Staff cuts risk hindering NCCo audits - Councilman Bob Weiner: When we have a $240 million budget, we owe our taxpayers more oversight.
Staff cuts risk hindering NCCo audits
Councilman Bob Weiner: "When we have a $240 million budget, we owe our taxpayers more oversight."
By Jesse Chadderdon
Wilmington, Del. —
New Castle County's auditor says he will have to scale back scheduled audits after the council eliminated $33,000 budgeted for a part-time assistant auditor he planned to hire later this year.
It's one of several cuts the council announced recently as the government scrutinizes its budget top-to-bottom to counteract its $40 million operating deficit, but some members may be having second thoughts.
Auditor Bob Wasserbach said initially, he planned 13 audits this year to review everything from individual departmental budgets, to insurance costs, cell phone use and police department fine collections.
"I'm going to have to do less," he said.
Counties similar in size and function typically have an audit staff of three or four people, whereas Wasserbach is the county's entire department. He has $12,000 budgeted for outside help, but at $75-$85 per hour, that money won't go far.
Councilman Robert Weiner (R-Chatham), who had some reservations about cutting the position but ultimately voted in favor of it on Feb. 24, said the council might have moved in haste. However, he stopped short of making a motion to reinstate the position.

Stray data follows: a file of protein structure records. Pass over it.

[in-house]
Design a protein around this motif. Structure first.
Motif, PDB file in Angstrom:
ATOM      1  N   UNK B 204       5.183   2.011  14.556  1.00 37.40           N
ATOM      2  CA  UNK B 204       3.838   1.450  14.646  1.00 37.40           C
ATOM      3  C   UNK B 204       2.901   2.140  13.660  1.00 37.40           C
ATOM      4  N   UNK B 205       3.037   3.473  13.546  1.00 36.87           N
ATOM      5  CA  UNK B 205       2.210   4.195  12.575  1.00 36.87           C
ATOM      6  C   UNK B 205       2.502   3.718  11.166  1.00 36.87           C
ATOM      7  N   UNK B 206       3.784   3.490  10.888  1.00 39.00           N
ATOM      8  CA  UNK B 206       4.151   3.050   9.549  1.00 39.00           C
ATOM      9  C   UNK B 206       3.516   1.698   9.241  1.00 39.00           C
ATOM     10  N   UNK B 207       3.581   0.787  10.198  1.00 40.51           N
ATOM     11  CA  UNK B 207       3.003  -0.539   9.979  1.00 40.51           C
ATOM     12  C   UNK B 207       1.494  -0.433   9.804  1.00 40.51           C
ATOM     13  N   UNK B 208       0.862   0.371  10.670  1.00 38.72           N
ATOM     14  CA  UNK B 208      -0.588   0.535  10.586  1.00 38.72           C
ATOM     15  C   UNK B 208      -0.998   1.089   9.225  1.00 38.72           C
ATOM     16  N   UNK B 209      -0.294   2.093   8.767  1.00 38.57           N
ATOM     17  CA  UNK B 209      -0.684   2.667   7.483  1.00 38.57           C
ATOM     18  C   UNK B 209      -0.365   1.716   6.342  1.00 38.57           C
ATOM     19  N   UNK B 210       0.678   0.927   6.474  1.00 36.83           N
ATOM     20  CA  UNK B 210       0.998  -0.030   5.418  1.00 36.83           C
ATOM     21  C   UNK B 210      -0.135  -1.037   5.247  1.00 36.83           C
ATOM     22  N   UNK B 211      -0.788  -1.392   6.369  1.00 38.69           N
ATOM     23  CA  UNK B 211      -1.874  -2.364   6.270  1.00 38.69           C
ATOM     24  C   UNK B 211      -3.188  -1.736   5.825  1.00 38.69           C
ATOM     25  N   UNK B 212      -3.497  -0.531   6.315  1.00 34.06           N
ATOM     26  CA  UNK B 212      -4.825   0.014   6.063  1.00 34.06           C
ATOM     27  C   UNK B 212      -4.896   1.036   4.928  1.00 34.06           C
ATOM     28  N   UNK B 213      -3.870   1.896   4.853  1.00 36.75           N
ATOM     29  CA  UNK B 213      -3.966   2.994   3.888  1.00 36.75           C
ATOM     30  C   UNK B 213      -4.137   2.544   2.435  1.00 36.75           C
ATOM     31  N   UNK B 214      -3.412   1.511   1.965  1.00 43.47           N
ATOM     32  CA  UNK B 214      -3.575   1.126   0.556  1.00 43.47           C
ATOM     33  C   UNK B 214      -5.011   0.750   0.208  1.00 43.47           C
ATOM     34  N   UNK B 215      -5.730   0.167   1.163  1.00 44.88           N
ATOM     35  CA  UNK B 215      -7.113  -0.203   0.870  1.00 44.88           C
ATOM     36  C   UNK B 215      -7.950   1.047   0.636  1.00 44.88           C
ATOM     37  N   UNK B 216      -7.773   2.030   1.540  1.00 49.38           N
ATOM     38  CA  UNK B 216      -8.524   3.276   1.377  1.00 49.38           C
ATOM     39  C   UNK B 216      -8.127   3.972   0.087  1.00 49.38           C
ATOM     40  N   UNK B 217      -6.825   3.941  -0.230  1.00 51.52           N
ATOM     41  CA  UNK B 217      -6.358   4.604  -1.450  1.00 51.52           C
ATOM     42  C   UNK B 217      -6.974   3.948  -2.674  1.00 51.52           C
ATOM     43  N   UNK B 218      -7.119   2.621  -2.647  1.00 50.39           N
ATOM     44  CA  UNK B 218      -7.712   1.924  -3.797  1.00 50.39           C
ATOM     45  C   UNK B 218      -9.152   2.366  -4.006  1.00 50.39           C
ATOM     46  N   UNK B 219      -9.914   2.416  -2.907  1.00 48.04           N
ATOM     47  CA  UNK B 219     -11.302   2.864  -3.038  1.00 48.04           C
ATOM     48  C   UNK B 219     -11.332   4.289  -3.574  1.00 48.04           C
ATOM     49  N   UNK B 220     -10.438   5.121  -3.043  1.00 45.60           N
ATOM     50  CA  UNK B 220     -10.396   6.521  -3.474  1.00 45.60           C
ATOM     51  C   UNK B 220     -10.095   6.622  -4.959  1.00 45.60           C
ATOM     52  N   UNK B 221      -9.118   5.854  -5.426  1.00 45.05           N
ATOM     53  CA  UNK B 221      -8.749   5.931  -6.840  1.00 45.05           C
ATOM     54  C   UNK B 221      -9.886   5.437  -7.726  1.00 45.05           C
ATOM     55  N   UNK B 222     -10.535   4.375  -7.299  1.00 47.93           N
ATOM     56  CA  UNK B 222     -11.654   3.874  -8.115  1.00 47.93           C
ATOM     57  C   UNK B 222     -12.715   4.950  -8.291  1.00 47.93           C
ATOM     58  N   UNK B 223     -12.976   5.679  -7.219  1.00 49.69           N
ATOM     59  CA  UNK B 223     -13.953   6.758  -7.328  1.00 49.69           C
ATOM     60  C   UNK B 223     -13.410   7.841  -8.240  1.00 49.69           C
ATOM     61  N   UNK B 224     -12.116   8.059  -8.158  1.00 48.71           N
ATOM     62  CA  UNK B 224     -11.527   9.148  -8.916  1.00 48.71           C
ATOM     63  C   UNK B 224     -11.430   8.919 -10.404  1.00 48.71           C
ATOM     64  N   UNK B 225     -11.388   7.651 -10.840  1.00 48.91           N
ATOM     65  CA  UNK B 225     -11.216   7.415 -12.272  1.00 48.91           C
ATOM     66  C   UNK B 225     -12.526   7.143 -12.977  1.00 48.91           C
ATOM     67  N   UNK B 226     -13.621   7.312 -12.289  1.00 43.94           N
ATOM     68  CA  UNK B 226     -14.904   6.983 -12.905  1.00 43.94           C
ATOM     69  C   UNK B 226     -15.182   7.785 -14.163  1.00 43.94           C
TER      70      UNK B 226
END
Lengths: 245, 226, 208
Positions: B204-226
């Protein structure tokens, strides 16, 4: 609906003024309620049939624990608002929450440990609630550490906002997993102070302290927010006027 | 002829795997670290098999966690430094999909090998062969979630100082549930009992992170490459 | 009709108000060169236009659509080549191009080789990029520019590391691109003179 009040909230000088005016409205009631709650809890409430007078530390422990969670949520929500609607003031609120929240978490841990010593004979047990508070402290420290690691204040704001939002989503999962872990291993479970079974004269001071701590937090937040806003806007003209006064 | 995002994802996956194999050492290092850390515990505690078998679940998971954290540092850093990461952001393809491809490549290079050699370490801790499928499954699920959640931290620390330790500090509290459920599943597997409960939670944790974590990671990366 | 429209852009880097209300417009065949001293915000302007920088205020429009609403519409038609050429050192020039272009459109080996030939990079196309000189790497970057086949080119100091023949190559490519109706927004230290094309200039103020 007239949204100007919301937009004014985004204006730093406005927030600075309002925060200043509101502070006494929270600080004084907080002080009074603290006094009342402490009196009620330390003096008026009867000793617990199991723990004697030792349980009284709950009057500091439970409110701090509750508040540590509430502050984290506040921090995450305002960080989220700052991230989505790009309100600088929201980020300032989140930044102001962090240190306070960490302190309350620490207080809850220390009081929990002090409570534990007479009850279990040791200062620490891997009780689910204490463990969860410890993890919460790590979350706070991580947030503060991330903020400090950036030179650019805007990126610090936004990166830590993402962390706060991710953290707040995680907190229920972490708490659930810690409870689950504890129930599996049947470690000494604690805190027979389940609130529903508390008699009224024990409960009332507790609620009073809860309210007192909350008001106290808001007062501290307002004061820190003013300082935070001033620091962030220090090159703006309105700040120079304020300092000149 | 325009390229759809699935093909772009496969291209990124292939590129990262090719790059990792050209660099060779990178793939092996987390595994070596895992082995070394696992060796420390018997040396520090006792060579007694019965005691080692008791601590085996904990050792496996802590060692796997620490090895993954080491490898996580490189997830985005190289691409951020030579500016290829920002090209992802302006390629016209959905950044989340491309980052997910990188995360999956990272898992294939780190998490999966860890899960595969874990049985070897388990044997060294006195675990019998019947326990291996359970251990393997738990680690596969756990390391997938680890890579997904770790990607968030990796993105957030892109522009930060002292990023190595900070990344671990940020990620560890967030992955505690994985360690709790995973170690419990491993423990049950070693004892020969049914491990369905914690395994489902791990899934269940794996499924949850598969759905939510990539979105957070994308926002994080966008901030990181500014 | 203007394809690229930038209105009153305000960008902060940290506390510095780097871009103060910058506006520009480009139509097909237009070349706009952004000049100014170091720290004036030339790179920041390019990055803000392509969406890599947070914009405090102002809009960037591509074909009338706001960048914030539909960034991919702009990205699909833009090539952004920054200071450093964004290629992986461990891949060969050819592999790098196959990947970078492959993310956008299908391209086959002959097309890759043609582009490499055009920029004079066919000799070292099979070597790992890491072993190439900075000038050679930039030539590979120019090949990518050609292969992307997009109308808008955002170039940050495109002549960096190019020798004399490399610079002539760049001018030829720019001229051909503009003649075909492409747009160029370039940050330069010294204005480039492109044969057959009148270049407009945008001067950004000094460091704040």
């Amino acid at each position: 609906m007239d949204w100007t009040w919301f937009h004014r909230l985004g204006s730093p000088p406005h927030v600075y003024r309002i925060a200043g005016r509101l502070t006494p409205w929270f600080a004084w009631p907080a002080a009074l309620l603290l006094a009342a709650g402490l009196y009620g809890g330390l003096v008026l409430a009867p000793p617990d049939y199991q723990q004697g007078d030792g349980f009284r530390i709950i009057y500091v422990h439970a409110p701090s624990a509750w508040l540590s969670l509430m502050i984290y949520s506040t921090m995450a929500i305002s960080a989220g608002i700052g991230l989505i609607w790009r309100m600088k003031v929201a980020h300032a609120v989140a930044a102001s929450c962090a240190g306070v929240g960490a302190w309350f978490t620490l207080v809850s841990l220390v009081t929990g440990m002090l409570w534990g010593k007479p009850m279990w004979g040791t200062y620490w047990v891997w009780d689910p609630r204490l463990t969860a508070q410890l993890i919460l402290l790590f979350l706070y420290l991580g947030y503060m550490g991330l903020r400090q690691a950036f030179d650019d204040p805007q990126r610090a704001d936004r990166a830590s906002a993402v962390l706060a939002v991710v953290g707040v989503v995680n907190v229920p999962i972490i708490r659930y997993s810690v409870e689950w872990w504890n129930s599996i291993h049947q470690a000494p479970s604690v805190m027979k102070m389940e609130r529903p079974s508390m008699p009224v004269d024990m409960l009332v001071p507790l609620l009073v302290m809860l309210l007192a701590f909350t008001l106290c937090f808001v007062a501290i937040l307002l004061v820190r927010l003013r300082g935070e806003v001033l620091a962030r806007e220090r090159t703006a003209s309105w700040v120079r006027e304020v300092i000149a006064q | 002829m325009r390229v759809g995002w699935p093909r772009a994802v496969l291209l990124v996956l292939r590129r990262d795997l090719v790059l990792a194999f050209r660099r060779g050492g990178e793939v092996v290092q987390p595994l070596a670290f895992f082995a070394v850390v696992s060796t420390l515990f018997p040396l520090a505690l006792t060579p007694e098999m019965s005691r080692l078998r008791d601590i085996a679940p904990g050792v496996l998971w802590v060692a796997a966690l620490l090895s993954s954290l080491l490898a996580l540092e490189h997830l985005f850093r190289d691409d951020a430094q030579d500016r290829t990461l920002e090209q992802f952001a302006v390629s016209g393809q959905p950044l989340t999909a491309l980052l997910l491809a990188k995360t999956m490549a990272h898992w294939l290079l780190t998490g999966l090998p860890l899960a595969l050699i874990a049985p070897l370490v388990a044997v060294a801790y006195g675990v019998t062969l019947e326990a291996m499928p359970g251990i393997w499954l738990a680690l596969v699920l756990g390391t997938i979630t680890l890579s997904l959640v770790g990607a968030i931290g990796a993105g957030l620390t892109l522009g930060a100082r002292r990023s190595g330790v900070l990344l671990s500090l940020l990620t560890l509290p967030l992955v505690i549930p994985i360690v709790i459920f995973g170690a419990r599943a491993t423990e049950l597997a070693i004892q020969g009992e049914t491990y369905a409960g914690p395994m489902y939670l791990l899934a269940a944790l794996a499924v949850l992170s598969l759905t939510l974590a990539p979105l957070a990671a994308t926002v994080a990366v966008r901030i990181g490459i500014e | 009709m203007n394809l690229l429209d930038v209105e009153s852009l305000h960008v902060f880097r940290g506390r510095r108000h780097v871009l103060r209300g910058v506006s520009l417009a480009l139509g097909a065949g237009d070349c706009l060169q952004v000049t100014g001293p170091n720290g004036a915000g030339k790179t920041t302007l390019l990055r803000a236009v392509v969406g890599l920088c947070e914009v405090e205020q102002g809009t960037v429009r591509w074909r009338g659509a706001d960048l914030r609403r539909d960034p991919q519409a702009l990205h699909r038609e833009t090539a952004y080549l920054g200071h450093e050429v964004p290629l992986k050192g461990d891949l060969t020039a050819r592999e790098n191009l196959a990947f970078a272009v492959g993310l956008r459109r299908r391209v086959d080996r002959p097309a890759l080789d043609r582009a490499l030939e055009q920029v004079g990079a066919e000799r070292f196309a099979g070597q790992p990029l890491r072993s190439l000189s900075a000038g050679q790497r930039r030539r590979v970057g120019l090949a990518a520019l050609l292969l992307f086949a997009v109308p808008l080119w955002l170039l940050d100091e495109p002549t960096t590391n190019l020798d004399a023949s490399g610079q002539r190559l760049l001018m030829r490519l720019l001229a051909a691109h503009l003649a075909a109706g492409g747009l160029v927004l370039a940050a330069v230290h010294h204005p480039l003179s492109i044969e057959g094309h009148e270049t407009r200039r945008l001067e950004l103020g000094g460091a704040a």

"It might be penny-wise and dollar-foolish," he said. "When we have a $240 million budget, we owe our taxpayers more oversight."
Wasserbach, whose salary is funded under council's budget but operates autonomously from it, said he did not feel comfortable appealing to have the assistant auditor position reinstated.
"I was hoping they'd consider re-voting, but I didn't think it was in my purview to ask them," he said. "I understand they are in a tough financial situation and have to make cuts."
Meanwhile, Councilman Penrose Hollins (D-Wilmington South) criticized plans to relocate Wasserbach's office from the Government Center in New Castle to the Louis L. Redding City/Council building in Wilmington, among the offices of the 13-council members.
He said the savings don't justify the move.
While it would shave $12,200 from the council budget because of the way computers and furnishings are cataloged, the actual cash savings are negligible.
"I have concerns about the auditor being in this suite [with members of council]," he said. "It's important that the auditor maintain independence. The appearance of influence is of concern."
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